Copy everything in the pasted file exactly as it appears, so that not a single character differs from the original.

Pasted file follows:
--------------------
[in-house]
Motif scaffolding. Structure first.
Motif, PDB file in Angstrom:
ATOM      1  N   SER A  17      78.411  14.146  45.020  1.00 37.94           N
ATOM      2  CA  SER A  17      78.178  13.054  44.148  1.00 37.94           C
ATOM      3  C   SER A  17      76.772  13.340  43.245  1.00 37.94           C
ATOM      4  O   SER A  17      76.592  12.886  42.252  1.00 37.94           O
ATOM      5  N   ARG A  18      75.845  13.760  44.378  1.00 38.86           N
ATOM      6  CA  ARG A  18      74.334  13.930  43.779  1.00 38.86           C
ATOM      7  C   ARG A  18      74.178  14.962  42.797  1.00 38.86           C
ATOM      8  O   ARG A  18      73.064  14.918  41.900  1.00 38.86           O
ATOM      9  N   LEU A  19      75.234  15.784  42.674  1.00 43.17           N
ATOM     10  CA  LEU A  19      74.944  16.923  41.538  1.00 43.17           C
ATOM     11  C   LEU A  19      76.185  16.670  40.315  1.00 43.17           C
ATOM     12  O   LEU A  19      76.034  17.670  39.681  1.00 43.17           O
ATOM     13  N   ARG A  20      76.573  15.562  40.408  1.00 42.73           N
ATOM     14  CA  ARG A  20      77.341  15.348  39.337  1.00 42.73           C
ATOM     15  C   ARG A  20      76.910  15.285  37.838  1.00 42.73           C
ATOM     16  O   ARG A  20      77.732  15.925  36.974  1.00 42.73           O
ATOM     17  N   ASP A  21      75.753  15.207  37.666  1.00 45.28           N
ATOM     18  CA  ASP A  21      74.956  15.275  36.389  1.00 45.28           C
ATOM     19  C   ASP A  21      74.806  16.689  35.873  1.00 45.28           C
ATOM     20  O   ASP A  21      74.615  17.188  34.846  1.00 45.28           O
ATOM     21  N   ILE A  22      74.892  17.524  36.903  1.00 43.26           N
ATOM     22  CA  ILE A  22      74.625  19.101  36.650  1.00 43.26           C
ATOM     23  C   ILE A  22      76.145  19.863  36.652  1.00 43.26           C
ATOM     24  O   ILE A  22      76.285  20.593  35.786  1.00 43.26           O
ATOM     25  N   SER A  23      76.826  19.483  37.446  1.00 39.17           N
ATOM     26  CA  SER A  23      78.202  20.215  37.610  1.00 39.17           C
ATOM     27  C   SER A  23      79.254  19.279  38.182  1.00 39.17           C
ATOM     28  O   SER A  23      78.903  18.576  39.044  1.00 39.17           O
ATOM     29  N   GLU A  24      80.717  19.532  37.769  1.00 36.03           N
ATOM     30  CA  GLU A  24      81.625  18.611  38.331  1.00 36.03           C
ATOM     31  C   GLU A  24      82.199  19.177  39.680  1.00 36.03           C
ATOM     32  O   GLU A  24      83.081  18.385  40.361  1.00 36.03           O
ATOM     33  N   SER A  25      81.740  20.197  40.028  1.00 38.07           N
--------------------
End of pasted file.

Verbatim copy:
[in-house]
Motif scaffolding. Structure first.
Motif, PDB file in Angstrom:
ATOM      1  N   SER A  17      78.411  14.146  45.020  1.00 37.94           N
ATOM      2  CA  SER A  17      78.178  13.054  44.148  1.00 37.94           C
ATOM      3  C   SER A  17      76.772  13.340  43.245  1.00 37.94           C
ATOM      4  O   SER A  17      76.592  12.886  42.252  1.00 37.94           O
ATOM      5  N   ARG A  18      75.845  13.760  44.378  1.00 38.86           N
ATOM      6  CA  ARG A  18      74.334  13.930  43.779  1.00 38.86           C
ATOM      7  C   ARG A  18      74.178  14.962  42.797  1.00 38.86           C
ATOM      8  O   ARG A  18      73.064  14.918  41.900  1.00 38.86           O
ATOM      9  N   LEU A  19      75.234  15.784  42.674  1.00 43.17           N
ATOM     10  CA  LEU A  19      74.944  16.923  41.538  1.00 43.17           C
ATOM     11  C   LEU A  19      76.185  16.670  40.315  1.00 43.17           C
ATOM     12  O   LEU A  19      76.034  17.670  39.681  1.00 43.17           O
ATOM     13  N   ARG A  20      76.573  15.562  40.408  1.00 42.73           N
ATOM     14  CA  ARG A  20      77.341  15.348  39.337  1.00 42.73           C
ATOM     15  C   ARG A  20      76.910  15.285  37.838  1.00 42.73           C
ATOM     16  O   ARG A  20      77.732  15.925  36.974  1.00 42.73           O
ATOM     17  N   ASP A  21      75.753  15.207  37.666  1.00 45.28           N
ATOM     18  CA  ASP A  21      74.956  15.275  36.389  1.00 45.28           C
ATOM     19  C   ASP A  21      74.806  16.689  35.873  1.00 45.28           C
ATOM     20  O   ASP A  21      74.615  17.188  34.846  1.00 45.28           O
ATOM     21  N   ILE A  22      74.892  17.524  36.903  1.00 43.26           N
ATOM     22  CA  ILE A  22      74.625  19.101  36.650  1.00 43.26           C
ATOM     23  C   ILE A  22      76.145  19.863  36.652  1.00 43.26           C
ATOM     24  O   ILE A  22      76.285  20.593  35.786  1.00 43.26           O
ATOM     25  N   SER A  23      76.826  19.483  37.446  1.00 39.17           N
ATOM     26  CA  SER A  23      78.202  20.215  37.610  1.00 39.17           C
ATOM     27  C   SER A  23      79.254  19.279  38.182  1.00 39.17           C
ATOM     28  O   SER A  23      78.903  18.576  39.044  1.00 39.17           O
ATOM     29  N   GLU A  24      80.717  19.532  37.769  1.00 36.03           N
ATOM     30  CA  GLU A  24      81.625  18.611  38.331  1.00 36.03           C
ATOM     31  C   GLU A  24      82.199  19.177  39.680  1.00 36.03           C
ATOM     32  O   GLU A  24      83.081  18.385  40.361  1.00 36.03           O
ATOM     33  N   SER A  25      81.740  20.197  40.028  1.00 38.07           N